The FBI destroyed anthrax samples submitted in 2002 by the scientist who later became the prime suspect in the deadly mail attacks because he didn't prepare them according to the protocol spelled out in a court order, the bureau said today.
Dr. Bruce Ivins, the U.S. Army researcher who committed suicide last month as investigators zeroed in on him as the main suspect in the fall 2001 attacks, advised the FBI during its development of a standardized procedure for specimen collection. "Dr. Ivins was an adviser on the repository process," FBI laboratory director Dr. Chris Hassell told reporters today at FBI headquarters.
Investigators codified the protocol in a subpoena sent to scientists around the globe, which ordered them to submit anthrax samples to the FBI as it built a repository as part of the investigation.
During the course of the investigation, the FBI collected more than 1,000 samples of the Ames strain anthrax, which was used in the attacks. Eight of the samples, all originating from two U.S. labs, matched the genetic markers consistent with the anthrax that was used in the 2001 attacks.
In 2002, the FBI collected samples of anthrax that Ivins had in his possession at the U.S. Army Medical Research Institute of Infectious Diseases at Fort Detrick, Md.
In December 2003 and April 2004, the FBI identified more anthrax samples in Ivins' possession, which he provided. The FBI also seized a flask of anthrax identified as RMR-1029, which was used by scientists at the medical research institute.
As the FBI constructed a genetic fingerprint of the anthrax used in the attacks, investigators found that the second set of samples Ivins provided to the bureau had none of those genetic markers, but that the sample called RMR-1029 matched the four key genetic markers.
But because the FBI had previously determined that they might not be able to admit the Ivins anthrax samples in court because they were prepared differently than the more than 1,000 other samples received, the FBI had them destroyed.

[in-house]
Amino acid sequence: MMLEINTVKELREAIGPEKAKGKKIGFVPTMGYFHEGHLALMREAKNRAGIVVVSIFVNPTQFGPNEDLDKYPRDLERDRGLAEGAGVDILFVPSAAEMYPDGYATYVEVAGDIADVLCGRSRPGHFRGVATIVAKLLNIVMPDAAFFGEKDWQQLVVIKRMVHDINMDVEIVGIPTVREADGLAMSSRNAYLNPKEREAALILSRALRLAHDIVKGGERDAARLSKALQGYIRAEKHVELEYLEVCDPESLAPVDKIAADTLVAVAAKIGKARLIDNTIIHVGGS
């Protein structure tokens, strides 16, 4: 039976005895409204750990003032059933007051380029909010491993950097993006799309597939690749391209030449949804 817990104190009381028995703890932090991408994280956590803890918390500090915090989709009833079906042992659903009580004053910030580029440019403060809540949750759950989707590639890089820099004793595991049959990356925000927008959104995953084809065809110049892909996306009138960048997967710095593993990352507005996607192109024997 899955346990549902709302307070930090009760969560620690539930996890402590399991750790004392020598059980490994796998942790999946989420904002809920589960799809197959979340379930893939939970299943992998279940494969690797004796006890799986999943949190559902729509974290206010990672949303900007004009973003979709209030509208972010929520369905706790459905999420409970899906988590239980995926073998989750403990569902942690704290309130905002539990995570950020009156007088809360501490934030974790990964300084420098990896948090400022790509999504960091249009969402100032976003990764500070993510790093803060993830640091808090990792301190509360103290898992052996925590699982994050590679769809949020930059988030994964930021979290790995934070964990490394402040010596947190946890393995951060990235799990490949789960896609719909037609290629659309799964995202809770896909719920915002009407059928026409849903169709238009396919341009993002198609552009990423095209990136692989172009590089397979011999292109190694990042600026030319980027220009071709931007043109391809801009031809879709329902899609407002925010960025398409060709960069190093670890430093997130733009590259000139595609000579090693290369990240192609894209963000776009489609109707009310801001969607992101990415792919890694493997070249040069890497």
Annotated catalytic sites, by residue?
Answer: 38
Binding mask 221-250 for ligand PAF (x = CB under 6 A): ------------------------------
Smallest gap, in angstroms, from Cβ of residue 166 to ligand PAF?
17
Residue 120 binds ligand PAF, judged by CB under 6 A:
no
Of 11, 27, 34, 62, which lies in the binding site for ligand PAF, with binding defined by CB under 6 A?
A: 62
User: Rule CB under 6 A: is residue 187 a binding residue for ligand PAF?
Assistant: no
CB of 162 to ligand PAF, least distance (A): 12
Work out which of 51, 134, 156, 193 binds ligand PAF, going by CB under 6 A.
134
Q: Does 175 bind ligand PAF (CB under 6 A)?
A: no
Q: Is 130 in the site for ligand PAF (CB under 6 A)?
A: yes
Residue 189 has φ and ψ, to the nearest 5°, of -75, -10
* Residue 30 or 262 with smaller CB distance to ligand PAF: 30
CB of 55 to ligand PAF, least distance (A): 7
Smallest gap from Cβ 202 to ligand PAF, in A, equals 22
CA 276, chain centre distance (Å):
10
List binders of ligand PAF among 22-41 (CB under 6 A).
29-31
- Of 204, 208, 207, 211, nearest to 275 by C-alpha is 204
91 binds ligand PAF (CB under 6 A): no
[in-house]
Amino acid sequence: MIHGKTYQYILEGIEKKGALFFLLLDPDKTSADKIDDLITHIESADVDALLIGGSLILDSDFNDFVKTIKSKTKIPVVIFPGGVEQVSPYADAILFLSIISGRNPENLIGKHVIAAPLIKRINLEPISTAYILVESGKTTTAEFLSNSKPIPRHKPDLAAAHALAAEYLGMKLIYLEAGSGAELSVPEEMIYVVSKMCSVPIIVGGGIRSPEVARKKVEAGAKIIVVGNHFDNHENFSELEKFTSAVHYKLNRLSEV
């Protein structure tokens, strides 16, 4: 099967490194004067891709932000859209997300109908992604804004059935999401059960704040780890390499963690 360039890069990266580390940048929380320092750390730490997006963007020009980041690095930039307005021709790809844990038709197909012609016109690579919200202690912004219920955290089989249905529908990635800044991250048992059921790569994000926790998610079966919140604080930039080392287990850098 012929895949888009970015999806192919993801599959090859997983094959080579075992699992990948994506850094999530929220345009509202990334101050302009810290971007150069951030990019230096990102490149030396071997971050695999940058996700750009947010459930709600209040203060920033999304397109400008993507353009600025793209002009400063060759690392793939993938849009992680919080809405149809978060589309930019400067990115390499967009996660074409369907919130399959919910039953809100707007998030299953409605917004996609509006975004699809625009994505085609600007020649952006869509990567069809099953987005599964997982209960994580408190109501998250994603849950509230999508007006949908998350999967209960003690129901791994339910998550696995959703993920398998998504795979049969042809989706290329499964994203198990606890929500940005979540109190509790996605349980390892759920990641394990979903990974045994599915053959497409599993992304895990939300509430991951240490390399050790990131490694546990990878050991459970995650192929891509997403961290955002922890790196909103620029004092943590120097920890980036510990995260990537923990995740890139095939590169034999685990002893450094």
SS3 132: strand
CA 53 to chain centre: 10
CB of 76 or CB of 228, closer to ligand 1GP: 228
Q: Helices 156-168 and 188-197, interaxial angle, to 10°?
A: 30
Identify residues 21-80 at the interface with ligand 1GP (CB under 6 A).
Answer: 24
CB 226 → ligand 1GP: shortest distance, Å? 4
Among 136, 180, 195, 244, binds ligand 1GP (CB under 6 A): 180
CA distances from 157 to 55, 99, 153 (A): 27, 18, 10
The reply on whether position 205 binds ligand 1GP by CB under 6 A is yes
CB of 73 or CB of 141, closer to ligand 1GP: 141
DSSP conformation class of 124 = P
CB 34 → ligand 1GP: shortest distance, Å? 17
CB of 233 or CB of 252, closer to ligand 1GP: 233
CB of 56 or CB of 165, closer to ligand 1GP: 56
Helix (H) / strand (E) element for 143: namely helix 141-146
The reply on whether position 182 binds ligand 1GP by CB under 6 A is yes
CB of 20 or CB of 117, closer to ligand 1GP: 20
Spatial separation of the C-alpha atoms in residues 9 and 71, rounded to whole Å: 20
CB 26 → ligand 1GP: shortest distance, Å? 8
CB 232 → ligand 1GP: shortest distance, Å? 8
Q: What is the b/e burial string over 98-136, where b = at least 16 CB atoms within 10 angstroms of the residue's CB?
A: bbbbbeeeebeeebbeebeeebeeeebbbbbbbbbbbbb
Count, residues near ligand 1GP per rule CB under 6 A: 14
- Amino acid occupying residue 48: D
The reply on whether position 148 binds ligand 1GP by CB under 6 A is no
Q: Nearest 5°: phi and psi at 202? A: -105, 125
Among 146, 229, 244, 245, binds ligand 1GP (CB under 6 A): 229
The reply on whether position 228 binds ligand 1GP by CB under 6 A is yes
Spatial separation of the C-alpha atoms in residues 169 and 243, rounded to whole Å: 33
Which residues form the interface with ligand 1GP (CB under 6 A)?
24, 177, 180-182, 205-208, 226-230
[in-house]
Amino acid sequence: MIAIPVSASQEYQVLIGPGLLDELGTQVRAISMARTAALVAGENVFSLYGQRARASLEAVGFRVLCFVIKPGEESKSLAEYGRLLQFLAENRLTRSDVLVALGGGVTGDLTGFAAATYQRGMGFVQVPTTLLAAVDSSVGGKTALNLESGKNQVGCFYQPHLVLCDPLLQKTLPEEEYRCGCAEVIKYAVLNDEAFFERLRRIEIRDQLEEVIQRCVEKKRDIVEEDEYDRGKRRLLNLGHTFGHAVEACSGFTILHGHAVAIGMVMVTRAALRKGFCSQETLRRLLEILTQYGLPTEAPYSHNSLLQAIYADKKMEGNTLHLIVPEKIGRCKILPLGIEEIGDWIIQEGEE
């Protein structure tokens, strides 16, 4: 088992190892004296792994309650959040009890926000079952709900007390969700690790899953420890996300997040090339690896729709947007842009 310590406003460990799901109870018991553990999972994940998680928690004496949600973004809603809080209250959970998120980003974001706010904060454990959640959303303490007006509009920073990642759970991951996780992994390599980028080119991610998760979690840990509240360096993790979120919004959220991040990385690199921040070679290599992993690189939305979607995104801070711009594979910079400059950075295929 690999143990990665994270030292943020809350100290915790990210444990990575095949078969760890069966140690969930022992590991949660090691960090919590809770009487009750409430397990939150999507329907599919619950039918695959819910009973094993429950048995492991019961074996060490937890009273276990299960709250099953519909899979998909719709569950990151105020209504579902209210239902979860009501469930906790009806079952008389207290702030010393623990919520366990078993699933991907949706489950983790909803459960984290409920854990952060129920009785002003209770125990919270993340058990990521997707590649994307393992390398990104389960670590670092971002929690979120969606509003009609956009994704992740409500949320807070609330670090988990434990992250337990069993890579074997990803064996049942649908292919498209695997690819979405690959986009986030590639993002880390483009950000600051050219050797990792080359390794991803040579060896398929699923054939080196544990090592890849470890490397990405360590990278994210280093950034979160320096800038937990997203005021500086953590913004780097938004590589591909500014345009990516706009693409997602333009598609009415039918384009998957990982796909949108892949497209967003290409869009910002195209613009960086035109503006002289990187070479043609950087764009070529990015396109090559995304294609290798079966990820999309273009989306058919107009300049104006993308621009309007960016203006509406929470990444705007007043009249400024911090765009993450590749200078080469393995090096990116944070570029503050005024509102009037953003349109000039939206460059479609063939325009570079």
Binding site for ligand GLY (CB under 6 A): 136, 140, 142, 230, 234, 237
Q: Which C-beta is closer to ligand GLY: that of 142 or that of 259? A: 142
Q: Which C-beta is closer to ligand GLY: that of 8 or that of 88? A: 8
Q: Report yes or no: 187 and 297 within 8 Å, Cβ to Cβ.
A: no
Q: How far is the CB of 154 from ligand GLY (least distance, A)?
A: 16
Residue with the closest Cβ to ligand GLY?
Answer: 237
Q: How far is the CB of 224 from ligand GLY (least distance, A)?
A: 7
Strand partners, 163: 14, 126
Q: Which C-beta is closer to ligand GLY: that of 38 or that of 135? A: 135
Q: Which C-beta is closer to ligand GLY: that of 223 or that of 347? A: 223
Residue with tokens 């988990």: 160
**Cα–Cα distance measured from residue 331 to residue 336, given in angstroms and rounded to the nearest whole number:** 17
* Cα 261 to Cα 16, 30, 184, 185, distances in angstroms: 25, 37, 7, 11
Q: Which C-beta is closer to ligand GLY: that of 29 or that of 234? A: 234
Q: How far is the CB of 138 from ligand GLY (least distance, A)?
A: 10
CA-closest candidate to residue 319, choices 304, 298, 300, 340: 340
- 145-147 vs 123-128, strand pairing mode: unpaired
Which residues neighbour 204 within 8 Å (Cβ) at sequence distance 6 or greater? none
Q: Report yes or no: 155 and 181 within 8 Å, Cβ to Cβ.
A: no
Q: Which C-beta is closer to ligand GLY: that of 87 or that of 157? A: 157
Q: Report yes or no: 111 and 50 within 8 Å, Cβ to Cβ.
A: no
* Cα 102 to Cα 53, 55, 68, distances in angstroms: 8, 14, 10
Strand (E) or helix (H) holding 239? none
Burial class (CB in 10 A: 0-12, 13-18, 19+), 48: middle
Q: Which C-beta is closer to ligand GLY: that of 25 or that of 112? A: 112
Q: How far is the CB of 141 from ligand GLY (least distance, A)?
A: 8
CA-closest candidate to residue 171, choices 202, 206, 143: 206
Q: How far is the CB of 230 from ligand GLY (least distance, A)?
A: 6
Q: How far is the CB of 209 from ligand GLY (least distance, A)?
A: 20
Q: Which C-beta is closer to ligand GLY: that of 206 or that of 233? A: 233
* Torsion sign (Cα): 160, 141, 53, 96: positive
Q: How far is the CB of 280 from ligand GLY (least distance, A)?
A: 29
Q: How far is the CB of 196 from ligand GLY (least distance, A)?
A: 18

Dr. Vahid Majidi, the assistant director of the FBI's Weapons of Mass Destruction Directorate, said, "Looking at it in hindsight, we would have done some things differently."
Despite the FBI's decision to destroy the sample, Dr. Paul Keim of Northern Arizona University, who was assisting with the FBI's repository of the Ames strain, had a sample of Ivins' original submissions to the FBI. That initial 2002 sample had tested positive for the genetic markers of the anthrax used in the attacks.
"There was no way to determine this at the time because the genetics were not online," Hassell said of the FBI's decision to destroy Ivins' initial sample.
During the seven-year investigation, FBI and scientific experts honed the science of microbial forensics, examining genetic fingerprints of the anthrax used in the attacks and that of the samples in the repository. With the technological advances, the FBI was able to focus on the medical research institute and Ivins.
Despite Ivins' advising the FBI on how to collect anthrax samples and the proper protocols that were needed, when he initially submitted a sample in 2002, he failed to follow the procedures he had developed. From the pool of researchers and scientists who submitted the anthrax samples, Ivins "was the only one to not follow protocol," Hassell said.
The scientists noted that the anthrax used in the attacks had no additives on the anthrax spores, but that the mineral silica was present in the deadly substance.
Although the FBI was able to reverse-engineer anthrax similar to the anthrax used in the mailings, scientists have been unable to reproduce it with the silica.
The FBI has yet to reveal the remaining mysteries of the forensic investigation, and some elements of the case might never be known. Asked how some of the victims contracted anthrax despite no letters being found, Majidi said, "Some are truly unknown to us. We never found the Florida letter" used in the attack that killed a photo editor at American Media Inc. in Boca Raton.
The briefing today by FBI scientists and outside experts who assisted the bureau noted that more scientific information will be released in peer-reviewed journals.
Despite some of the new information,. Majidi said that conspiracy theories will always be connected with the case.
"[We are] not going to put the suspicions to rest, there will always be a spore on the grassy knoll."